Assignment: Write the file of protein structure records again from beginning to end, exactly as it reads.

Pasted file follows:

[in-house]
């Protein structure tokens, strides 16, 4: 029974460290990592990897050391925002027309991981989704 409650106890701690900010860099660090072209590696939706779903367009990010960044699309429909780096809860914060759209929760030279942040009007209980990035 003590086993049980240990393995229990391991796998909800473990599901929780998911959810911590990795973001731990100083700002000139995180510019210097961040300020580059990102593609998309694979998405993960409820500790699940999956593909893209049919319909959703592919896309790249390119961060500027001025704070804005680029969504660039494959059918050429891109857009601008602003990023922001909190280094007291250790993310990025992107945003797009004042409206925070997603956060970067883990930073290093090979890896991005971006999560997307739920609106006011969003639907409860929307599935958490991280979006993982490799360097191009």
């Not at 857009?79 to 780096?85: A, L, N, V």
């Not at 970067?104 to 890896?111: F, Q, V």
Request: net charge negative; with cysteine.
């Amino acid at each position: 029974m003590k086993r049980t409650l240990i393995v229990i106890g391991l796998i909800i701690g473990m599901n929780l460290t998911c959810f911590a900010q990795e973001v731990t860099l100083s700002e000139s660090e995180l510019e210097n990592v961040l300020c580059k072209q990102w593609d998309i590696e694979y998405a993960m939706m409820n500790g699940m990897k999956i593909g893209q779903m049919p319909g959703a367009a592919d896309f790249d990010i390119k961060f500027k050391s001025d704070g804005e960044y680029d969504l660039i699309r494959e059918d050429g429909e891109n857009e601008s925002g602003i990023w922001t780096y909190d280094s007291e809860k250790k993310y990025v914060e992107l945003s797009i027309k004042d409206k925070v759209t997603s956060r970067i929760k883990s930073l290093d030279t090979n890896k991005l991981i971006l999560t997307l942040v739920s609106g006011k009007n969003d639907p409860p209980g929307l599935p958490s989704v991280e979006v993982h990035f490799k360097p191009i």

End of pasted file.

[in-house]
């Protein structure tokens, strides 16, 4: 029974460290990592990897050391925002027309991981989704 409650106890701690900010860099660090072209590696939706779903367009990010960044699309429909780096809860914060759209929760030279942040009007209980990035 003590086993049980240990393995229990391991796998909800473990599901929780998911959810911590990795973001731990100083700002000139995180510019210097961040300020580059990102593609998309694979998405993960409820500790699940999956593909893209049919319909959703592919896309790249390119961060500027001025704070804005680029969504660039494959059918050429891109857009601008602003990023922001909190280094007291250790993310990025992107945003797009004042409206925070997603956060970067883990930073290093090979890896991005971006999560997307739920609106006011969003639907409860929307599935958490991280979006993982490799360097191009």
């Not at 857009?79 to 780096?85: A, L, N, V």
């Not at 970067?104 to 890896?111: F, Q, V």
Request: net charge negative; with cysteine.
């Amino acid at each position: 029974m003590k086993r049980t409650l240990i393995v229990i106890g391991l796998i909800i701690g473990m599901n929780l460290t998911c959810f911590a900010q990795e973001v731990t860099l100083s700002e000139s660090e995180l510019e210097n990592v961040l300020c580059k072209q990102w593609d998309i590696e694979y998405a993960m939706m409820n500790g699940m990897k999956i593909g893209q779903m049919p319909g959703a367009a592919d896309f790249d990010i390119k961060f500027k050391s001025d704070g804005e960044y680029d969504l660039i699309r494959e059918d050429g429909e891109n857009e601008s925002g602003i990023w922001t780096y909190d280094s007291e809860k250790k993310y990025v914060e992107l945003s797009i027309k004042d409206k925070v759209t997603s956060r970067i929760k883990s930073l290093d030279t090979n890896k991005l991981i971006l999560t997307l942040v739920s609106g006011k009007n969003d639907p409860p209980g929307l599935p958490s989704v991280e979006v993982h990035f490799k360097p191009i």